St. Nicholas

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Easy Saint Nicholas Costume with Reversible Cape/Capelet using commercial patterns

submitted by Diane Kay, Albuquerque, New Mexico

Commercial patterns change frequently. Similar basic costume patterns are usually available even though the pattern numbers change.


Alb
(white gown)

Use Simplicity pattern #4795, or 4213, or McCall's pattern M2339.

Pattern cover
Simplicity 4795
Pattern cover
Simplicity 4213
Pattern cover
McCall's 2339

Follow basic pattern instructions for the alb.

Cape and Capelet

Use McCall's pattern #4139, view C

Pattern cover
McCall's 4139
Make the following modifications:
1. View C shows 2 capelets, of different lengths, cut from the same pattern piece. You only need 1 capelet, but you need to make a lining for it. Pick one length, preferably a length in between the two options.

2. View C also shows a wide standing collar. Omit this.

3. You will be lining both the Cape and the Capelet. The lining fabric may be the same color (red), or contrasting fabric (red/gold).

4. Follow pattern instructions up to the first part of Step 2, do not hem the lower edge of the capelet or the front edges.

5. Skip to step 3, substituting the capelet and capelet lining for the collar. Omit the interfacing and just sew the capelet in, as though it were the collar, using the collar instructions.

6. Follow step 4 for lining and finishing the garment.

7. If you wish to attach gold trim, it should be applied after step 2, before step 3.

Stole

There is no commercial pattern for this.

1. Cut 4 pieces of fabric 50-inches long and 5-inches wide, following the grain of the fabric. (If the fabric is light- to medium-weight, you may need to add interfacing to give it body.)

2. Sew two pieces of the fabric together, face to face, at the 5" ends.

3. Repeat with the other two, adding interfacing if needed.

4. Add trim if desired.

5. Stitch the two strips together face to face, leaving an opening for turning it inside out. Turn, press, stitch the opening closed.

Miter (hat)

There is no commercial pattern for this (actually Butterick has one, see sidebar).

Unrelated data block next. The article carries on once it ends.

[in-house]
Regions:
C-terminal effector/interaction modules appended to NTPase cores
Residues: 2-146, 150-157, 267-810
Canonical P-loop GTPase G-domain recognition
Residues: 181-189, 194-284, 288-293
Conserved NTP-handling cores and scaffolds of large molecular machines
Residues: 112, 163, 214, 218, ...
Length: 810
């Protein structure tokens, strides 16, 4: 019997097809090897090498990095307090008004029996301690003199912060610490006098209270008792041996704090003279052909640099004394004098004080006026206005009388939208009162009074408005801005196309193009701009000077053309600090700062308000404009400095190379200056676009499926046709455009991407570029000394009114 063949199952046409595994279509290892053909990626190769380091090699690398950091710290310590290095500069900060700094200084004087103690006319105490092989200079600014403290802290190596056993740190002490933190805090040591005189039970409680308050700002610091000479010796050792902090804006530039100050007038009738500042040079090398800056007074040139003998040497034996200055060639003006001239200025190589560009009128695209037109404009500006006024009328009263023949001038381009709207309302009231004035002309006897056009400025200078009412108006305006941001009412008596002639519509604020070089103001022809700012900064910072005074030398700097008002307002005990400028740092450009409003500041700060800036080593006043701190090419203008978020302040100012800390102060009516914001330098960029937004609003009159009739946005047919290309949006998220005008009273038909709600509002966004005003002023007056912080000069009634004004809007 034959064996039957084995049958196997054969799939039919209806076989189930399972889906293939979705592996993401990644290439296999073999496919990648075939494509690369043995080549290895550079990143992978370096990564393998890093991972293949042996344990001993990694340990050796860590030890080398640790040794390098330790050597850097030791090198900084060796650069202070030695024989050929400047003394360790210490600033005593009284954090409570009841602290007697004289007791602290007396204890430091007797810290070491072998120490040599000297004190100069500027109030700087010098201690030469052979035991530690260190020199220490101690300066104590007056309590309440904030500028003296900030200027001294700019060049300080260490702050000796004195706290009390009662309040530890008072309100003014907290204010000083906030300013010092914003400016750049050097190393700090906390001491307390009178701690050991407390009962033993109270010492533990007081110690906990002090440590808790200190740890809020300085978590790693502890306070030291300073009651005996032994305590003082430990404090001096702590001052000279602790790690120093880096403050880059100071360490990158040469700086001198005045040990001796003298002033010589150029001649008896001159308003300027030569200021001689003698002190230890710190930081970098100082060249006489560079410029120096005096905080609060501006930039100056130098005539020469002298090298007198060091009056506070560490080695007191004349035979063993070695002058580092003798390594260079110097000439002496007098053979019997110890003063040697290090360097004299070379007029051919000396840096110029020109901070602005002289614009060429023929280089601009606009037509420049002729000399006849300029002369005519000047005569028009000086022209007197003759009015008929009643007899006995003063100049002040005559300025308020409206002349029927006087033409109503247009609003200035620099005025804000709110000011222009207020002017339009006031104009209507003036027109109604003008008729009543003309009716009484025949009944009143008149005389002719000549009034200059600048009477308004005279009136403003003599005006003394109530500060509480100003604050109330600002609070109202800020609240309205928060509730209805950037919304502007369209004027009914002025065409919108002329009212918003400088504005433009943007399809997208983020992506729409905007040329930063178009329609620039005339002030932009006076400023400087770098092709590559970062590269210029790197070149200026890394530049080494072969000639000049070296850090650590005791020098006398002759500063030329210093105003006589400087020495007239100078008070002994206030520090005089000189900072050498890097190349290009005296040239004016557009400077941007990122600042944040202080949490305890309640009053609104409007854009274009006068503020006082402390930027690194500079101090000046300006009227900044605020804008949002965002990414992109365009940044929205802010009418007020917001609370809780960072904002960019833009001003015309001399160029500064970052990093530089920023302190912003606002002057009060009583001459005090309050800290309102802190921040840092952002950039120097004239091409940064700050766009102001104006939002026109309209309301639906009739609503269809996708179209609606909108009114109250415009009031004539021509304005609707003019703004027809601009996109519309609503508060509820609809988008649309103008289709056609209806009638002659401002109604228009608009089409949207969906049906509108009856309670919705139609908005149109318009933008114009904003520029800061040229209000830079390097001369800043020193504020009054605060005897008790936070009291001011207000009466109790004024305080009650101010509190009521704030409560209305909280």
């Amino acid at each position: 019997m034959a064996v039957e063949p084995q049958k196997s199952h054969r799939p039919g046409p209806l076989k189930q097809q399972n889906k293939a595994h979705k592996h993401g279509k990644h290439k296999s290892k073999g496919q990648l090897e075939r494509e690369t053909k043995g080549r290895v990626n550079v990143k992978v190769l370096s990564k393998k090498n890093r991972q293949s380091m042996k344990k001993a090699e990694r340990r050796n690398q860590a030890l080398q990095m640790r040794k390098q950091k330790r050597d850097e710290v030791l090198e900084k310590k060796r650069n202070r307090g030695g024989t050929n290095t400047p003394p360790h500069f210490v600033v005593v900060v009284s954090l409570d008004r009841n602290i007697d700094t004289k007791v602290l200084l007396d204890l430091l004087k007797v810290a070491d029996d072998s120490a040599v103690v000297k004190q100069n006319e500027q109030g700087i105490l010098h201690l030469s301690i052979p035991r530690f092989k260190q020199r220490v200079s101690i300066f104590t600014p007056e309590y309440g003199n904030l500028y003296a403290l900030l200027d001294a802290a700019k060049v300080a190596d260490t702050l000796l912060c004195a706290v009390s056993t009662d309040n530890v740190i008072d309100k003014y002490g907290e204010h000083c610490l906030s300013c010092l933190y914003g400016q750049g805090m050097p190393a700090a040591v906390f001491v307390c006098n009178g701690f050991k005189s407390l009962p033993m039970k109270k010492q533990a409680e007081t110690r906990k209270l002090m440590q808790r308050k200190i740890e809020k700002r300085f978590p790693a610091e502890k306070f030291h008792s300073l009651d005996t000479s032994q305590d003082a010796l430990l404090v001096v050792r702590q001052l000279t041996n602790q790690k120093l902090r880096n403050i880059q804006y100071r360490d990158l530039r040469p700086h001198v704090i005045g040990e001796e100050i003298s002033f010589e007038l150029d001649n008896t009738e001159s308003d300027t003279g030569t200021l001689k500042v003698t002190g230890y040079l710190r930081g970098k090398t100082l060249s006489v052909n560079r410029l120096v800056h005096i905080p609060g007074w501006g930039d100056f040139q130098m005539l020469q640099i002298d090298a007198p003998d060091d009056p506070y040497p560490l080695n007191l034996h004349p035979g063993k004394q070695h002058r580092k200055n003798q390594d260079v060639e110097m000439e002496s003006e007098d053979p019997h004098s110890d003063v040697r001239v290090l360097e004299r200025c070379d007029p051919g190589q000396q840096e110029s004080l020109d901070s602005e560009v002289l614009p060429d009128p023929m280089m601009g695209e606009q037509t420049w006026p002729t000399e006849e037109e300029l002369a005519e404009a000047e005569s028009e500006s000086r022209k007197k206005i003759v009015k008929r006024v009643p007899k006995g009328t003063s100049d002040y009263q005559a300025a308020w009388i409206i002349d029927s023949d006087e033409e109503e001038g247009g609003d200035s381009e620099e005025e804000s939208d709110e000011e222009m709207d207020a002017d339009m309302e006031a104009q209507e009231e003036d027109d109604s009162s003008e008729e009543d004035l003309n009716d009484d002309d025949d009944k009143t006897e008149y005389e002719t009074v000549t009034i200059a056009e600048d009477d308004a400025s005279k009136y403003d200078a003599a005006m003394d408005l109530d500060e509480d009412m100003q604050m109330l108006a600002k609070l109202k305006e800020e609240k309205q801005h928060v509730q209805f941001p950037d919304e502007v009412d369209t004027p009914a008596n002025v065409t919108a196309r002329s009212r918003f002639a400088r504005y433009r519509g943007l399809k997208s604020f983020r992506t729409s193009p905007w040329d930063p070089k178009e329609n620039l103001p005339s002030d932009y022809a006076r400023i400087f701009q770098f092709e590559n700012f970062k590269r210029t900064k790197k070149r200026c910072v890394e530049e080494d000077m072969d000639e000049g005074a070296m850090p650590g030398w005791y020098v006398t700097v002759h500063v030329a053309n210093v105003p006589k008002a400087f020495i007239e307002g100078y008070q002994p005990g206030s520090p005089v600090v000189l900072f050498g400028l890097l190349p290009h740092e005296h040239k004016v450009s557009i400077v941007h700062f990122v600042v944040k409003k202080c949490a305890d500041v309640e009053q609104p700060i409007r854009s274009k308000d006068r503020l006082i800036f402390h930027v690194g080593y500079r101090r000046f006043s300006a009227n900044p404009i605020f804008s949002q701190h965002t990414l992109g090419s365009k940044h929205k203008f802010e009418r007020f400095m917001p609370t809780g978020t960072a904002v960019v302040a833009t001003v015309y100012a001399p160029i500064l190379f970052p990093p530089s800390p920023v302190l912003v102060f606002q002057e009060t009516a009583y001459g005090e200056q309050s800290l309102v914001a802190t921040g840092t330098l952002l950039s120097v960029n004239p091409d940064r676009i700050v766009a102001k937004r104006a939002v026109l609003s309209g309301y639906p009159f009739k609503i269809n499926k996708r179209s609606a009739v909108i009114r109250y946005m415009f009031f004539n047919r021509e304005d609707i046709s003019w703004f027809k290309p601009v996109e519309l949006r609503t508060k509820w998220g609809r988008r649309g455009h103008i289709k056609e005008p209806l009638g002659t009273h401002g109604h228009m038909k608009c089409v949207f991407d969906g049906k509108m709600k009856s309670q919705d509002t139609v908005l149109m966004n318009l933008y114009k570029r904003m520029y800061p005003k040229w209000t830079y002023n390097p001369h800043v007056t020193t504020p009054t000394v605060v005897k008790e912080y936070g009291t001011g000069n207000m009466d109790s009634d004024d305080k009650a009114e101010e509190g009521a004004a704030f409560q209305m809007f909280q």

The best way to make this is to follow the instructions given here for the costume designed by Barbara Kissinger.

Here is an alternative way if you are short on time.

1. Observe the shape of the mitre. On a large piece of flexible posterboard or cardboard, you will need to recreate the shape of the mitre. The front and back should each be approximately 12 inches across the bottom and about 12 inches from the base to the top.

2. Tape the sides together and try it on the person to be wearing the costume. Adjust as needed, then remove tape and permanently attach the pieces together.

3. Cut two pieces of fabric about 25 inches long and about 13 inches high.

4. Using a hot glue gun, test a scrap of fabric by gluing it to a scrap of cardboard. If the fabric is delicate, and the glue shows through, do not use this method.

5. If the glue didn't show through, glue one piece to the cardboard starting at the base and allowing the fabric to overlap beyond the cardboard by an inch. At the side, where the fabric ends meet, overlap one piece over the other, fold it down neatly, and glue it in place.

6. Trim the fabric for the rest of the mitre to within an inch of the cardboard. Glue it down, fold over the edges and glue down the backside.

7. Use the second piece of fabric for the "lining," cutting and gluing neatly to completely cover the cardboard. Glue on gold ribbon, braid, or purchased cross applique to the front of the mitre.


From Diane Kay, Albuquerque, New Mexico. Used by permission.

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